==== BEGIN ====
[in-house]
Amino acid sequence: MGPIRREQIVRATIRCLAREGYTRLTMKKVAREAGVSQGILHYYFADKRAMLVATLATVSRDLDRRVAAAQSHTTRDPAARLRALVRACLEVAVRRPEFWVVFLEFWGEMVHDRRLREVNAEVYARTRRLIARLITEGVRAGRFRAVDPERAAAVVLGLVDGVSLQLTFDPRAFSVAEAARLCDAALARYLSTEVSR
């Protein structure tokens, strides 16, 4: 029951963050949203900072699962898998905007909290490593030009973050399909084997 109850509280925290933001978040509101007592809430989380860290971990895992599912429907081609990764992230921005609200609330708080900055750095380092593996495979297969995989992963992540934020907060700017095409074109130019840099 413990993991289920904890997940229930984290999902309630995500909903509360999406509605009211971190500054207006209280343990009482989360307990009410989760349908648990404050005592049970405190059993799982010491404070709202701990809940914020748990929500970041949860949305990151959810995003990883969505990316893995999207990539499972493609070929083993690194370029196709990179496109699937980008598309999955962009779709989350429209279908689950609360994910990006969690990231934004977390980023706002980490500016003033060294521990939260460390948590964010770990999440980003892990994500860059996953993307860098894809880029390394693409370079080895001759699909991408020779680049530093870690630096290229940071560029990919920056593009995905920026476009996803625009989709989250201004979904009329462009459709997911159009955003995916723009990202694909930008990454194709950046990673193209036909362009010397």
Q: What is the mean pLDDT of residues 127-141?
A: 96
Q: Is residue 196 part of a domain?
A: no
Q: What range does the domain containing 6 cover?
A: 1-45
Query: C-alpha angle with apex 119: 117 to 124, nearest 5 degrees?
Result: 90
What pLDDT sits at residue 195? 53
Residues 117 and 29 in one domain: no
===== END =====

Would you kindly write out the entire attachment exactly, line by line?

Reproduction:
[in-house]
Amino acid sequence: MGPIRREQIVRATIRCLAREGYTRLTMKKVAREAGVSQGILHYYFADKRAMLVATLATVSRDLDRRVAAAQSHTTRDPAARLRALVRACLEVAVRRPEFWVVFLEFWGEMVHDRRLREVNAEVYARTRRLIARLITEGVRAGRFRAVDPERAAAVVLGLVDGVSLQLTFDPRAFSVAEAARLCDAALARYLSTEVSR
């Protein structure tokens, strides 16, 4: 029951963050949203900072699962898998905007909290490593030009973050399909084997 109850509280925290933001978040509101007592809430989380860290971990895992599912429907081609990764992230921005609200609330708080900055750095380092593996495979297969995989992963992540934020907060700017095409074109130019840099 413990993991289920904890997940229930984290999902309630995500909903509360999406509605009211971190500054207006209280343990009482989360307990009410989760349908648990404050005592049970405190059993799982010491404070709202701990809940914020748990929500970041949860949305990151959810995003990883969505990316893995999207990539499972493609070929083993690194370029196709990179496109699937980008598309999955962009779709989350429209279908689950609360994910990006969690990231934004977390980023706002980490500016003033060294521990939260460390948590964010770990999440980003892990994500860059996953993307860098894809880029390394693409370079080895001759699909991408020779680049530093870690630096290229940071560029990919920056593009995905920026476009996803625009989709989250201004979904009329462009459709997911159009955003995916723009990202694909930008990454194709950046990673193209036909362009010397």
Q: What is the mean pLDDT of residues 127-141?
A: 96
Q: Is residue 196 part of a domain?
A: no
Q: What range does the domain containing 6 cover?
A: 1-45
Query: C-alpha angle with apex 119: 117 to 124, nearest 5 degrees?
Result: 90
What pLDDT sits at residue 195? 53
Residues 117 and 29 in one domain: no